January 24, 2011 / 4:01 PM / 8 years ago

U.S. spirits market recovers slightly in 2010

* US spirits volume up 2 pct in ‘10; revenue up 2.3 pct

* Super-premium drinks up 10.9 pct from a weak 2009

NEW YORK, Jan 24 (Reuters) - U.S. consumers started drinking more higher-end spirits last year, leading the industry to see signs of a fragile recovery.

Liquor companies sold 190.7 million nine-liter cases in the United States in 2010, according to the Distilled Spirits Council of the United States trade group. That was up 2 percent from 2009, when a recession crimped consumers’ drinking habits.

Revenue rose 2.3 percent to $19.1 billion, DSCUS said on Monday ahead of an industry briefing.

“In 2010, the industry improved its performance over the previous year, but this recovery remains fragile, and we are not yet out of the woods,” council President Peter Cressy said in a statement. “Consumers did begin to trade back up to premium spirits products, but the hospitality industry is still far from its average pre-recession performance.”

Super-premium, or top-tier, spirits saw both volume and revenue rise nearly 11 percent, far outpacing performance of all other tiers. The weakest performance came from value-priced spirits, which grew only 0.3 percent.

Vodka, which accounts for 31 percent of industry volume, was up 6.1 percent at 59 million cases. Whiskey volume rose 1.4 percent, as double-digit increases for single-malt Scotch and Irish whiskey offset slight declines for blended Scotch and Canadian whiskey. Volume of rum rose 1.4 percent, while tequila rose 3.6 percent, and gin declined 2.6 percent.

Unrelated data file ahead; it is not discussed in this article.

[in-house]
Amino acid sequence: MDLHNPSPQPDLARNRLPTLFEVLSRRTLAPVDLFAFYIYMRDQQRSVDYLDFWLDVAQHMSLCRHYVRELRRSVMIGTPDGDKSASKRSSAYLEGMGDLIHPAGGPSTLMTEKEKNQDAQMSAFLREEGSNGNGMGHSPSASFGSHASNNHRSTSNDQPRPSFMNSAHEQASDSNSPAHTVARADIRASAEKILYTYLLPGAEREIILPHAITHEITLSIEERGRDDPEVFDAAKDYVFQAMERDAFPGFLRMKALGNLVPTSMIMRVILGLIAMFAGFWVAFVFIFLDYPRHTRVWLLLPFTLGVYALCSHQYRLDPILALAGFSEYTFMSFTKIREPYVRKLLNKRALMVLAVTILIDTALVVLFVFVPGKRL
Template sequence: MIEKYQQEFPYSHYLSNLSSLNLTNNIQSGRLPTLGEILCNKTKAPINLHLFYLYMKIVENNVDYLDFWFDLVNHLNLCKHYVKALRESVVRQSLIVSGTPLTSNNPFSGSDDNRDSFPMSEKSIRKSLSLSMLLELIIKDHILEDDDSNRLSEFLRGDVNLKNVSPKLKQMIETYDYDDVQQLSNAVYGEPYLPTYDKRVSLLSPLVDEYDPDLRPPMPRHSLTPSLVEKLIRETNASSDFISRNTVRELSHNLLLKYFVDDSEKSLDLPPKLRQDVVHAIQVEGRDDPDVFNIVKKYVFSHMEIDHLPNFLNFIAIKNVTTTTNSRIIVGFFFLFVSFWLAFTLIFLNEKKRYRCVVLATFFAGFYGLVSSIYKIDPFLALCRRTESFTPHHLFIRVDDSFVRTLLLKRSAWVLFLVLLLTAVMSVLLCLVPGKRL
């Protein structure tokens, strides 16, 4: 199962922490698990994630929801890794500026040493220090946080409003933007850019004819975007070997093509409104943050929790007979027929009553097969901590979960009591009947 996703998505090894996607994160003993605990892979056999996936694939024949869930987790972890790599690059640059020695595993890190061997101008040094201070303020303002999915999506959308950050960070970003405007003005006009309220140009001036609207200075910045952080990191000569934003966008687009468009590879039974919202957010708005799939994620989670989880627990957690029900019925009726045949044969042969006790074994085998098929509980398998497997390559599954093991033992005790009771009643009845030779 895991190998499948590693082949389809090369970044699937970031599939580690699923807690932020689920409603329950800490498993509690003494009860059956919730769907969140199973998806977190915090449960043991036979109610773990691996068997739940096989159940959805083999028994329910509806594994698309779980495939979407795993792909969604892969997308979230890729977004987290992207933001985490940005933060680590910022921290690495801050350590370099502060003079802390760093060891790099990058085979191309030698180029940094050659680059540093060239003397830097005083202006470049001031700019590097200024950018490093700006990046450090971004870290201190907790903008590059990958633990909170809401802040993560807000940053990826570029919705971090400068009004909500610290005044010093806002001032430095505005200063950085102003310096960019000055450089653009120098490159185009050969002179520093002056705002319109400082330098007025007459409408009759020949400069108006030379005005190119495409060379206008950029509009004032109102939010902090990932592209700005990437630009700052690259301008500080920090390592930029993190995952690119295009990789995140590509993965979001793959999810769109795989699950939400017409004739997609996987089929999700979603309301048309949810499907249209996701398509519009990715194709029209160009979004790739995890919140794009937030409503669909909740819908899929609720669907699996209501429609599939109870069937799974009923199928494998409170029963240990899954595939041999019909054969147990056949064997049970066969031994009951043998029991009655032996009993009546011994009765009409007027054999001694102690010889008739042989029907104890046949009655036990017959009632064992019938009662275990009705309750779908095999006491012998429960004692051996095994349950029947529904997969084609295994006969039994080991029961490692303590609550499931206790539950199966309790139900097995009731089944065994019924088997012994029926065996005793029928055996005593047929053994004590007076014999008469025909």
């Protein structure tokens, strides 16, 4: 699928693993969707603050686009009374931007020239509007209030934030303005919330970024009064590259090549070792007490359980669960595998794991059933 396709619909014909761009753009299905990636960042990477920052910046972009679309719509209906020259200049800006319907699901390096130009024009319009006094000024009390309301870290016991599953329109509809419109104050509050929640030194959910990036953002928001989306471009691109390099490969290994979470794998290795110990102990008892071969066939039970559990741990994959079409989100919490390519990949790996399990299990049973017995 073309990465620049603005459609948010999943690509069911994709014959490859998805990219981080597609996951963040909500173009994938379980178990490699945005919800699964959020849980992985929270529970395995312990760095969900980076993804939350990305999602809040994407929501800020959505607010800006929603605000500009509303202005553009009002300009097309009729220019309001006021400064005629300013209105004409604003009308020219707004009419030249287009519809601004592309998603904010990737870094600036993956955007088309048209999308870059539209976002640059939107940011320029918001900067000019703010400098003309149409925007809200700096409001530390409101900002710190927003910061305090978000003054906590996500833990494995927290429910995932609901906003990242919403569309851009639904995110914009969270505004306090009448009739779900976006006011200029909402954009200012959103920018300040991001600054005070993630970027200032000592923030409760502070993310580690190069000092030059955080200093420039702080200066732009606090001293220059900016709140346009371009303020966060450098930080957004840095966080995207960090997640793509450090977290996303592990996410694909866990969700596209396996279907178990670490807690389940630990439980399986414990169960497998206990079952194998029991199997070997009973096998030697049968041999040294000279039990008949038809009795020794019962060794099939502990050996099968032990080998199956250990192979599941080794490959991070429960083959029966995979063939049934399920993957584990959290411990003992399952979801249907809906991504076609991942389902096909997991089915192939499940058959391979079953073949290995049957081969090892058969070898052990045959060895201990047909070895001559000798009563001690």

Results at spirits companies, such as Diageo PLC (DGE.L), Pernod Ricard SA (PERP.PA) and Fortune Brands Inc FO.N, have been pressured by the economic downturn, which led many people to cut back on trips to bars and restaurants. Yet an ongoing migration from beer to cocktails helped spirits companies in 2010.

Spirits accounted for 33.3 percent of the alcoholic beverage market in 2010, according to DSCUS, up from 32.9 percent in 2009. By contrast, beer lost market share, making up 49.8 percent of the market, down from 50.5 percent in 2009.

Last year marked the first time in at least 12 years that beer’s market share fell below 50 percent, according to DSCUS data.

Looking ahead, the industry has “cautious optimism” that the recovery will continue, said DSCUS spokesman Frank Coleman, but he noted that the outlook “over the horizon remains murky.” (Reporting by Martinne Geller; Editing by Lisa Von Ahn)

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